South African President Cyril Ramaphosa on Thursday blamed NATO for the war in Ukraine and said he would resist calls to condemn Russia, in comments that cast doubt over whether he would be accepted by Ukraine or the West as a mediator.
“The war could have been avoided if NATO had heeded the warnings from amongst its own leaders and officials over the years that its eastward expansion would lead to greater, not less, instability in the region,” Ramaphosa said, a view also maintained by Russian President Vladimir Putin.
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Ramaphosa did, however, say South Africa “cannot condone the use of force and violation of international law”, an apparent reference to the Feb. 24 invasion of Ukraine, which Moscow calls a “special operation” to disarm and “denazify” Ukraine.
Kyiv and its Western allies believe Russia launched the unprovoked war to subjugate a neighbour Putin calls an artificial state.
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Ramaphosa also revealed that Putin had assured him personally that negotiations were making progress. The South African leader said he had not yet talked with Ukraine’s president Volodymyr Zelenskyy.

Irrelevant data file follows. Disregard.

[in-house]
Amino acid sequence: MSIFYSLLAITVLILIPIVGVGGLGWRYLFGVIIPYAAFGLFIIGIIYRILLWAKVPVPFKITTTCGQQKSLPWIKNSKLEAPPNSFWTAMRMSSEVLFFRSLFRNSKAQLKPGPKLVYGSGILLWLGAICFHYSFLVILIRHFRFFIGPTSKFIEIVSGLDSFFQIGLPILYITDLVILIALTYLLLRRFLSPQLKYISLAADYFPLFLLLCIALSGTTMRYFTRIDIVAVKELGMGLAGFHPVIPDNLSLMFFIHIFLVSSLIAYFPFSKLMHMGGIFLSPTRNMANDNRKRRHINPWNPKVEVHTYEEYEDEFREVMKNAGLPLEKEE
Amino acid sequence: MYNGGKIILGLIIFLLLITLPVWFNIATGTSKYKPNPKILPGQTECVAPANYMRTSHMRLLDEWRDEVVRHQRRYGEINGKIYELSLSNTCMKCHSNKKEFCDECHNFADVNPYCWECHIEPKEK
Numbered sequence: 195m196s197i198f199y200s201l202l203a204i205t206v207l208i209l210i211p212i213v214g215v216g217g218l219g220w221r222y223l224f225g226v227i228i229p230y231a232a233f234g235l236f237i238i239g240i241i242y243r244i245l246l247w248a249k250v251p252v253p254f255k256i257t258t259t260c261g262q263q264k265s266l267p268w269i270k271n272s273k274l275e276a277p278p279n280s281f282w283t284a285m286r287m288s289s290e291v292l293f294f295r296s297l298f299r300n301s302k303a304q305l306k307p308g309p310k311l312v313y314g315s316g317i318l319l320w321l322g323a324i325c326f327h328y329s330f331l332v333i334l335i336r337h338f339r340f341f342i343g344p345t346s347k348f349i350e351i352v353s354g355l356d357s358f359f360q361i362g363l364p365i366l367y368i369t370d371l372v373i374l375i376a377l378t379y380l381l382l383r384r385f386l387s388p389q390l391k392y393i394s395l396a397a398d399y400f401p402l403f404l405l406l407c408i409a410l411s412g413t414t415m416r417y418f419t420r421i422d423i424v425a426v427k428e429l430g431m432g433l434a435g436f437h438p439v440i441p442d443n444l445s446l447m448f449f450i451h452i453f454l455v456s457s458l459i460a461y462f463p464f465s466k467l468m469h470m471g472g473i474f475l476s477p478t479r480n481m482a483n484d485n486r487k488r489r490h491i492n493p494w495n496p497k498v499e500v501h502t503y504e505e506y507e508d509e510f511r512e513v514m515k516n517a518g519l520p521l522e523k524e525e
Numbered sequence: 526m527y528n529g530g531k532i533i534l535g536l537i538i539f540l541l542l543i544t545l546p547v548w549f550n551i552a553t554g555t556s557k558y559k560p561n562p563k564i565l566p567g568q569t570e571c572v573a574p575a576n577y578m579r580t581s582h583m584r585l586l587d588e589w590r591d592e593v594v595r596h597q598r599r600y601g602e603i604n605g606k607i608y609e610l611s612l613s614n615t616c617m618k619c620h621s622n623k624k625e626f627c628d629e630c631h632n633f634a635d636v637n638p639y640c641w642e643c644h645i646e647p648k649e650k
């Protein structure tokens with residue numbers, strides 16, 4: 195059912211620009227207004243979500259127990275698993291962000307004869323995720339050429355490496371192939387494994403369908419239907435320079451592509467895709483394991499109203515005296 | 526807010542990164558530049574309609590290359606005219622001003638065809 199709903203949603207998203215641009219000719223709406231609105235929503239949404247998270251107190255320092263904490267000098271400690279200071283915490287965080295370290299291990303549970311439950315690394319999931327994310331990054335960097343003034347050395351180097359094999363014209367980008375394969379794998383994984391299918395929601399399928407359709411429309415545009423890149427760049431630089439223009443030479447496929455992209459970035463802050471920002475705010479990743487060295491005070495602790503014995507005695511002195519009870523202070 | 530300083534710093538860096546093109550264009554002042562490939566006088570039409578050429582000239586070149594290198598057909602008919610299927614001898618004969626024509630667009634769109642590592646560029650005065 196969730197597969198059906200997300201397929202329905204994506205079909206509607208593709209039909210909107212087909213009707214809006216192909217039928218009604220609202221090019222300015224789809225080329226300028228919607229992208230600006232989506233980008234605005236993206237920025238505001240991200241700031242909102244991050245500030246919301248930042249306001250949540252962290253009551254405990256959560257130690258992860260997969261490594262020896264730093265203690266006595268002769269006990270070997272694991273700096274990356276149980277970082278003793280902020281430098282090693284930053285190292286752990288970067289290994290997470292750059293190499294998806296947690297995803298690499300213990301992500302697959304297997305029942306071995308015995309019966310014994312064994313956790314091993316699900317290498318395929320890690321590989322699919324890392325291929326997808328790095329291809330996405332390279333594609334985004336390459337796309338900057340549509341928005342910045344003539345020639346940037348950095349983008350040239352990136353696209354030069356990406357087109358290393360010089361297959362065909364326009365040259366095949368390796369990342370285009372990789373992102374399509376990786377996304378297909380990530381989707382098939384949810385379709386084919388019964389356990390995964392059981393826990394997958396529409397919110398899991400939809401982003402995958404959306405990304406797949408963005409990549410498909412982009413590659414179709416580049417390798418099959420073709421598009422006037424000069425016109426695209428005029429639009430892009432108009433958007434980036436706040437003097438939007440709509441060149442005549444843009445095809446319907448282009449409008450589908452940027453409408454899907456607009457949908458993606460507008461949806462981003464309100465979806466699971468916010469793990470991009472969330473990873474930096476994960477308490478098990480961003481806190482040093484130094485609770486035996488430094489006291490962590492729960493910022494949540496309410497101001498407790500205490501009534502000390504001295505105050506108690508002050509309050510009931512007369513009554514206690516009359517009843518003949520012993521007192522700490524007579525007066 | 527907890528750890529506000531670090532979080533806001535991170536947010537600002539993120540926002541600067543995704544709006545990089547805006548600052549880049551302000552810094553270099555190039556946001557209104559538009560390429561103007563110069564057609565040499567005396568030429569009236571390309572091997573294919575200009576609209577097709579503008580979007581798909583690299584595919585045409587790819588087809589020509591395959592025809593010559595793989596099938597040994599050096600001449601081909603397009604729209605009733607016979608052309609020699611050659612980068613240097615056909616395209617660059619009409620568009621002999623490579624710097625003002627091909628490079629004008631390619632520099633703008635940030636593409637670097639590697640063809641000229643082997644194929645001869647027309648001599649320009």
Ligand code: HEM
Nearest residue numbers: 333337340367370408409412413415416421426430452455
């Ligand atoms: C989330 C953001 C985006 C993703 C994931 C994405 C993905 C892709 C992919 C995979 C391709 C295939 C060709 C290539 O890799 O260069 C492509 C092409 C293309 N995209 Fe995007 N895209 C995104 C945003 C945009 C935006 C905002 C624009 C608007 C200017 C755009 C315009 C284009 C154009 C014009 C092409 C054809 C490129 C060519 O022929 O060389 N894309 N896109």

On Friday, Ramaphosa’s office said South Africa had been asked to mediate in the Russia-Ukraine conflict, and that he had told Putin it should be settled through negotiations. He did not say who had asked him to intervene.
“There are those who are insisting that we should take a very adversarial stance against Russia. The approach we are going to take (instead) is … insisting that there should be dialogue,” Ramaphosa added. “Screaming and shouting is not going to bring an end to this conflict.”
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